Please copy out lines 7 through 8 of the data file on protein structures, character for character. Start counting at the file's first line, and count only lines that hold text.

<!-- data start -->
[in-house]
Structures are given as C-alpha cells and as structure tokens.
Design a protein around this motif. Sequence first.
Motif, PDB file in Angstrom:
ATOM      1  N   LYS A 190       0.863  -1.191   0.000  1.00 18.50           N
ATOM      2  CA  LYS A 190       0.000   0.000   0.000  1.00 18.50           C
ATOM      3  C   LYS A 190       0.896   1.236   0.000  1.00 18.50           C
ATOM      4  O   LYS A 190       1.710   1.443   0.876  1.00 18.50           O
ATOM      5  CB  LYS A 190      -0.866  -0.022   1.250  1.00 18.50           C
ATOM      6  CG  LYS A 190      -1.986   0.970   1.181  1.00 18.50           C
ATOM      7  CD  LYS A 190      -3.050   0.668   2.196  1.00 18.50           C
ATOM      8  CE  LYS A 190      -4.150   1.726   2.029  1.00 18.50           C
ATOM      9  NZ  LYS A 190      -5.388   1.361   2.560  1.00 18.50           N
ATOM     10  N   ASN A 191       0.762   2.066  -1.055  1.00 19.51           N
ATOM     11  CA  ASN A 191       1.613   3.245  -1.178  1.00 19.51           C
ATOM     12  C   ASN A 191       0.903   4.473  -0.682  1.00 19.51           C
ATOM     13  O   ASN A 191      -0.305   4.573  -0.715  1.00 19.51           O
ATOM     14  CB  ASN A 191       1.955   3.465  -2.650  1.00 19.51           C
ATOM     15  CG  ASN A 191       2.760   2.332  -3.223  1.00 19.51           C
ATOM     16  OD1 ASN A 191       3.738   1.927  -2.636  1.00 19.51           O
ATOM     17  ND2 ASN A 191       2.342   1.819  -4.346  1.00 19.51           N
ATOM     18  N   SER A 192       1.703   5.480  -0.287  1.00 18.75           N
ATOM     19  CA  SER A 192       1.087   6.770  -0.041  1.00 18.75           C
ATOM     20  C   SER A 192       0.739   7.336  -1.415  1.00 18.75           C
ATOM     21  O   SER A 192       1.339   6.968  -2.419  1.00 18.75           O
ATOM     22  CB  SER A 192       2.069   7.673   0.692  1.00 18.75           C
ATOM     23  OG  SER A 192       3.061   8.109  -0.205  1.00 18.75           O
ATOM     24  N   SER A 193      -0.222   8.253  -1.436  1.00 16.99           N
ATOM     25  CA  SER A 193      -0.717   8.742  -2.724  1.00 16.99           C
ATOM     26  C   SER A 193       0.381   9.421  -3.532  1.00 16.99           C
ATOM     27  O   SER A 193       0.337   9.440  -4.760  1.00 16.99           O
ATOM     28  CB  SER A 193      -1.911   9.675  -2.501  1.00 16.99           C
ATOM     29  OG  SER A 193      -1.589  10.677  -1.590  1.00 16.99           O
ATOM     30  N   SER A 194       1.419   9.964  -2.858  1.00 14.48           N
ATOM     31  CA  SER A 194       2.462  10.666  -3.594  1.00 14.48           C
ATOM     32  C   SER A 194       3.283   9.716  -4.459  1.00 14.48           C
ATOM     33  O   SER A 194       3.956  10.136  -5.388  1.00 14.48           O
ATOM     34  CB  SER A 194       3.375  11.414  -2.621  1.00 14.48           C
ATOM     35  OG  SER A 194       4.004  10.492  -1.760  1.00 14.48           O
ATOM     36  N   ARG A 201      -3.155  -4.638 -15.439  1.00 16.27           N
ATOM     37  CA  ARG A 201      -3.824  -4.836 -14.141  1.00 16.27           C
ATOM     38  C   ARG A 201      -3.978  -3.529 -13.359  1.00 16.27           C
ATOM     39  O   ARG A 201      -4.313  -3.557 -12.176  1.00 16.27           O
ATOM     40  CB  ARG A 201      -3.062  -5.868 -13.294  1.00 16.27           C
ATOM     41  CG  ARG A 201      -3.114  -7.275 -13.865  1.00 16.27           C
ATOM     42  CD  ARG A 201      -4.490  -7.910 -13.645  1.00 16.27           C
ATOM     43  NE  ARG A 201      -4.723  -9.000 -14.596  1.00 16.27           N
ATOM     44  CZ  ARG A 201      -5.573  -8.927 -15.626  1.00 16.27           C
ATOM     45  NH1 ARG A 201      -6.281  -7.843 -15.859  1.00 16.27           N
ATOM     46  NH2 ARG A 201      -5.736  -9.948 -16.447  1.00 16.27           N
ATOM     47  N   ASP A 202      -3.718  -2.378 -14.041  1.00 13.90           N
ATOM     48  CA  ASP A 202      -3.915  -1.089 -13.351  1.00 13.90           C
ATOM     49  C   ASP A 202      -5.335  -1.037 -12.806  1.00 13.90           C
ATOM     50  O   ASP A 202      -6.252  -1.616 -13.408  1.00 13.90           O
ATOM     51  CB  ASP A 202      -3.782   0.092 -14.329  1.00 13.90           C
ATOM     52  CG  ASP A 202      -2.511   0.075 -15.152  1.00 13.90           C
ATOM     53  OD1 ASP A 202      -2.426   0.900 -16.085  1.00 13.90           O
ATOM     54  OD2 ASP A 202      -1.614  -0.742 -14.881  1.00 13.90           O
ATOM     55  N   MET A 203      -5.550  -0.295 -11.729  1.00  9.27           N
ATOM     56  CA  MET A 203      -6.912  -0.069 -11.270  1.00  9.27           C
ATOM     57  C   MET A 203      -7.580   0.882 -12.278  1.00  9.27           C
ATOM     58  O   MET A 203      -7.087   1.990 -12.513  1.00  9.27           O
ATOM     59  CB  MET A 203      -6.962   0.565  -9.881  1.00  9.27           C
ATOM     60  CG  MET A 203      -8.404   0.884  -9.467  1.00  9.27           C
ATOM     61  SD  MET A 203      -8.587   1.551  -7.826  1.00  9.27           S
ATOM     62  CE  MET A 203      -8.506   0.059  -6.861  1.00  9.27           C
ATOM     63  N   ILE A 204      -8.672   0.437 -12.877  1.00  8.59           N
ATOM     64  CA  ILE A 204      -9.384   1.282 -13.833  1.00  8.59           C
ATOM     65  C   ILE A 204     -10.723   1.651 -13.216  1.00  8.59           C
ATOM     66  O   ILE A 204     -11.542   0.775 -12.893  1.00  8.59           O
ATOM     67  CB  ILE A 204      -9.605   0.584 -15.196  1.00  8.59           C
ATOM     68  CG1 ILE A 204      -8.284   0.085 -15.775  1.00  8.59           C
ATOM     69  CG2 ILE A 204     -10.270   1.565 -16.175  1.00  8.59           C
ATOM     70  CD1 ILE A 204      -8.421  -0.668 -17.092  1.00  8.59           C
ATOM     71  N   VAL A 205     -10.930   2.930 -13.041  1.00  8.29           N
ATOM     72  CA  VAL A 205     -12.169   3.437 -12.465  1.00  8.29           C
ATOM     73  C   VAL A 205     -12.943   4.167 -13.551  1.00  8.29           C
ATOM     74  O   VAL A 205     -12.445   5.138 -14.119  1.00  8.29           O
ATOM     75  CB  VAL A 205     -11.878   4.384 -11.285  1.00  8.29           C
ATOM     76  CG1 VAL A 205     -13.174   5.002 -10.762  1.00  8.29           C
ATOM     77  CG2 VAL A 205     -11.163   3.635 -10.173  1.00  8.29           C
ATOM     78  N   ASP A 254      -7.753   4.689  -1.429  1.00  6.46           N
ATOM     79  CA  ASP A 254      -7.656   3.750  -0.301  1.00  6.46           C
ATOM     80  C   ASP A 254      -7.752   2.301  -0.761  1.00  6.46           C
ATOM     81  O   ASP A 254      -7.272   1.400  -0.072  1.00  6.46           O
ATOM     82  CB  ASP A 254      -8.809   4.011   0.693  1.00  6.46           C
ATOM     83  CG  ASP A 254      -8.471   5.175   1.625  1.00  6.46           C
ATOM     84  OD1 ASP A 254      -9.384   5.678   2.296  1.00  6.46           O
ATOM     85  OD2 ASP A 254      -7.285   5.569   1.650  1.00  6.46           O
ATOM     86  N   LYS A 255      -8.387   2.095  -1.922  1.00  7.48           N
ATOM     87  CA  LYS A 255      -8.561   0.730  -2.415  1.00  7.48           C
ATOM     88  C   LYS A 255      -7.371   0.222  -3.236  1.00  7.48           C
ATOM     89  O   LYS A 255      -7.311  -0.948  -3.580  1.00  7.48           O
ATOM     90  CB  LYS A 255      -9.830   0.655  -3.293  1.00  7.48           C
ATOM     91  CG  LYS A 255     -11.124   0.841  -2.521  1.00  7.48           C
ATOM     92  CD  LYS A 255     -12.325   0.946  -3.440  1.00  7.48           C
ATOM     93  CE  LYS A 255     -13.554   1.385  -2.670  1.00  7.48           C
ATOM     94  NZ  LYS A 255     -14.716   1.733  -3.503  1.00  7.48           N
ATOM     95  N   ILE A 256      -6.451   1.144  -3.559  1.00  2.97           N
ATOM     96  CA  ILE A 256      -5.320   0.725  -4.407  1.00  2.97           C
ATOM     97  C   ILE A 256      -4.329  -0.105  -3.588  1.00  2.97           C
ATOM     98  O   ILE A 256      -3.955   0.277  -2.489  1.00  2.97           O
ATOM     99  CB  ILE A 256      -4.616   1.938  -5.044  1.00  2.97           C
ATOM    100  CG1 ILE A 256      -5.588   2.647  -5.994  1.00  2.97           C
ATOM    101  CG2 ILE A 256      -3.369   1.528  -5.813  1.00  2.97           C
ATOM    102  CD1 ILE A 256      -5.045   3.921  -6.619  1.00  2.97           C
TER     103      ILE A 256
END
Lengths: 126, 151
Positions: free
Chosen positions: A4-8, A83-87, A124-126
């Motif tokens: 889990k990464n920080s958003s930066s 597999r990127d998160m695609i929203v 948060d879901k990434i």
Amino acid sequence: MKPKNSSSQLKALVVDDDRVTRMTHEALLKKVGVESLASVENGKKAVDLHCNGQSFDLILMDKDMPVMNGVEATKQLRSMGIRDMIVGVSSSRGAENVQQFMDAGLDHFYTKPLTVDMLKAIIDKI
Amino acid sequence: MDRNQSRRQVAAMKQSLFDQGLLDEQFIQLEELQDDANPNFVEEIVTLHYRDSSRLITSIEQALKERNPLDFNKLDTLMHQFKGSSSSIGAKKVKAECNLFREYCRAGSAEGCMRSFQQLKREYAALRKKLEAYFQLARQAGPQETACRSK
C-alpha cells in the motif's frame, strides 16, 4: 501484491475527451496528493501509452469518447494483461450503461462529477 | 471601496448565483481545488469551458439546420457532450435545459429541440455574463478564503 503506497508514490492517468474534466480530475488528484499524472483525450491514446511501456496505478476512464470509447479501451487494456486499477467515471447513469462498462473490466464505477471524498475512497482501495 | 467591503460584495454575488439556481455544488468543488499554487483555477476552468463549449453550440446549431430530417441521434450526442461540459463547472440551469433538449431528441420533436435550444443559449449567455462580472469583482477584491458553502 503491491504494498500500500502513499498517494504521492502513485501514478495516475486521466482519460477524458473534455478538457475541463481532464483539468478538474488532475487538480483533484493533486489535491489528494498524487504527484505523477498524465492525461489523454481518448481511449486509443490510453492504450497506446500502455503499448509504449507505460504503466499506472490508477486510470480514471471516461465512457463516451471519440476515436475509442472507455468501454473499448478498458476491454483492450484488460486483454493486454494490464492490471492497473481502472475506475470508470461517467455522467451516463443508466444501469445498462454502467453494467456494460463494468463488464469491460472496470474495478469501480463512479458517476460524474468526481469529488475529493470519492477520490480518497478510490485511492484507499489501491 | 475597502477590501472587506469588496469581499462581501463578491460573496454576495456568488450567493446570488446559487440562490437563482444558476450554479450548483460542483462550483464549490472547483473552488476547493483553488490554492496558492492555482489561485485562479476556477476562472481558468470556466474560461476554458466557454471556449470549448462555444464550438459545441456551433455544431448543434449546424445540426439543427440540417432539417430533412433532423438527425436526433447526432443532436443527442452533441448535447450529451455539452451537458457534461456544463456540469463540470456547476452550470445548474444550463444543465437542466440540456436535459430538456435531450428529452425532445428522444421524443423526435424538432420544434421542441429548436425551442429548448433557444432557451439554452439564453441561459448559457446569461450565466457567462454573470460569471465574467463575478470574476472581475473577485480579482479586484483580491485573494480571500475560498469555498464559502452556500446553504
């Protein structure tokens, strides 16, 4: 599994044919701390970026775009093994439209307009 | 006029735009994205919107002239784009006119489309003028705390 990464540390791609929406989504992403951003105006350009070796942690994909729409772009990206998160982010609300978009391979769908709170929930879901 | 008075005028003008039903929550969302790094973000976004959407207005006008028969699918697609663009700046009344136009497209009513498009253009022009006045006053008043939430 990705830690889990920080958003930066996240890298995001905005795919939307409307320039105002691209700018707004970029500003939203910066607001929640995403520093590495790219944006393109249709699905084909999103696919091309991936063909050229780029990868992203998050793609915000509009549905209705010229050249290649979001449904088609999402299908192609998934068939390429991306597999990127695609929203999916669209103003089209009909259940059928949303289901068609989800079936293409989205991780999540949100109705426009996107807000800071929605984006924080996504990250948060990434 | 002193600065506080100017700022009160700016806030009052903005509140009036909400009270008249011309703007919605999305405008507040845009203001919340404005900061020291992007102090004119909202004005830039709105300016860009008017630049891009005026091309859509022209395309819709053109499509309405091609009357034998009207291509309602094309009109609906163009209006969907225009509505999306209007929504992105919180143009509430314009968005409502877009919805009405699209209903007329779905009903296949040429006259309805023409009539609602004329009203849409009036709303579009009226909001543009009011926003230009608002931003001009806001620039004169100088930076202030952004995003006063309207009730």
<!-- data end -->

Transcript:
ATOM      3  C   LYS A 190       0.896   1.236   0.000  1.00 18.50           C
ATOM      4  O   LYS A 190       1.710   1.443   0.876  1.00 18.50           O